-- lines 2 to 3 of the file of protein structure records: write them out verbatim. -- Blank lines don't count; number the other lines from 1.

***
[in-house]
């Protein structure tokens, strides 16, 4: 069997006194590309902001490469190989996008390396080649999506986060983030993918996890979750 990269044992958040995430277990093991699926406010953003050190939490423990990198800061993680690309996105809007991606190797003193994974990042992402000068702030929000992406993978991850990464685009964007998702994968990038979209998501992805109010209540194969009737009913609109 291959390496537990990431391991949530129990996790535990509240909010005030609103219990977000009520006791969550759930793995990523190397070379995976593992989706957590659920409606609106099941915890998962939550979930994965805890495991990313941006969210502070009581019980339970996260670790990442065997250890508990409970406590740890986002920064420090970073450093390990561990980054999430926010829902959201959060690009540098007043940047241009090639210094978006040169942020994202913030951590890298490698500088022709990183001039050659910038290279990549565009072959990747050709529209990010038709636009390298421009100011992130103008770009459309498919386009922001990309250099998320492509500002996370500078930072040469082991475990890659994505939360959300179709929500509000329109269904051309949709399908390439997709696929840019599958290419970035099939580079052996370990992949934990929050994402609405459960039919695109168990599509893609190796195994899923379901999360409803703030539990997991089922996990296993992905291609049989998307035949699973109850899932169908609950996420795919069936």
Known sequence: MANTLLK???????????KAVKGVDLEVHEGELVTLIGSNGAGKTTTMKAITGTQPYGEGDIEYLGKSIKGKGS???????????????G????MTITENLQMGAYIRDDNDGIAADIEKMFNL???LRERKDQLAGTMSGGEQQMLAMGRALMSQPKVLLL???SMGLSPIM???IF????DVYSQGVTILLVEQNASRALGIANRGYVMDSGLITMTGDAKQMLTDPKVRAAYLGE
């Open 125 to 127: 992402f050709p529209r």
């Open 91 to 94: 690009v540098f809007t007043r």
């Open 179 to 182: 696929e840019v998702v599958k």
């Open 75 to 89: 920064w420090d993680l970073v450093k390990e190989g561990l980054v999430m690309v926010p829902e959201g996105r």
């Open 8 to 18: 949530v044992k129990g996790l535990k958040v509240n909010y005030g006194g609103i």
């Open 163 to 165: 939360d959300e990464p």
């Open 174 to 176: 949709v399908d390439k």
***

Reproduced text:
């Protein structure tokens, strides 16, 4: 069997006194590309902001490469190989996008390396080649999506986060983030993918996890979750 990269044992958040995430277990093991699926406010953003050190939490423990990198800061993680690309996105809007991606190797003193994974990042992402000068702030929000992406993978991850990464685009964007998702994968990038979209998501992805109010209540194969009737009913609109 291959390496537990990431391991949530129990996790535990509240909010005030609103219990977000009520006791969550759930793995990523190397070379995976593992989706957590659920409606609106099941915890998962939550979930994965805890495991990313941006969210502070009581019980339970996260670790990442065997250890508990409970406590740890986002920064420090970073450093390990561990980054999430926010829902959201959060690009540098007043940047241009090639210094978006040169942020994202913030951590890298490698500088022709990183001039050659910038290279990549565009072959990747050709529209990010038709636009390298421009100011992130103008770009459309498919386009922001990309250099998320492509500002996370500078930072040469082991475990890659994505939360959300179709929500509000329109269904051309949709399908390439997709696929840019599958290419970035099939580079052996370990992949934990929050994402609405459960039919695109168990599509893609190796195994899923379901999360409803703030539990997991089922996990296993992905291609049989998307035949699973109850899932169908609950996420795919069936």
Known sequence: MANTLLK???????????KAVKGVDLEVHEGELVTLIGSNGAGKTTTMKAITGTQPYGEGDIEYLGKSIKGKGS???????????????G????MTITENLQMGAYIRDDNDGIAADIEKMFNL???LRERKDQLAGTMSGGEQQMLAMGRALMSQPKVLLL???SMGLSPIM???IF????DVYSQGVTILLVEQNASRALGIANRGYVMDSGLITMTGDAKQMLTDPKVRAAYLGE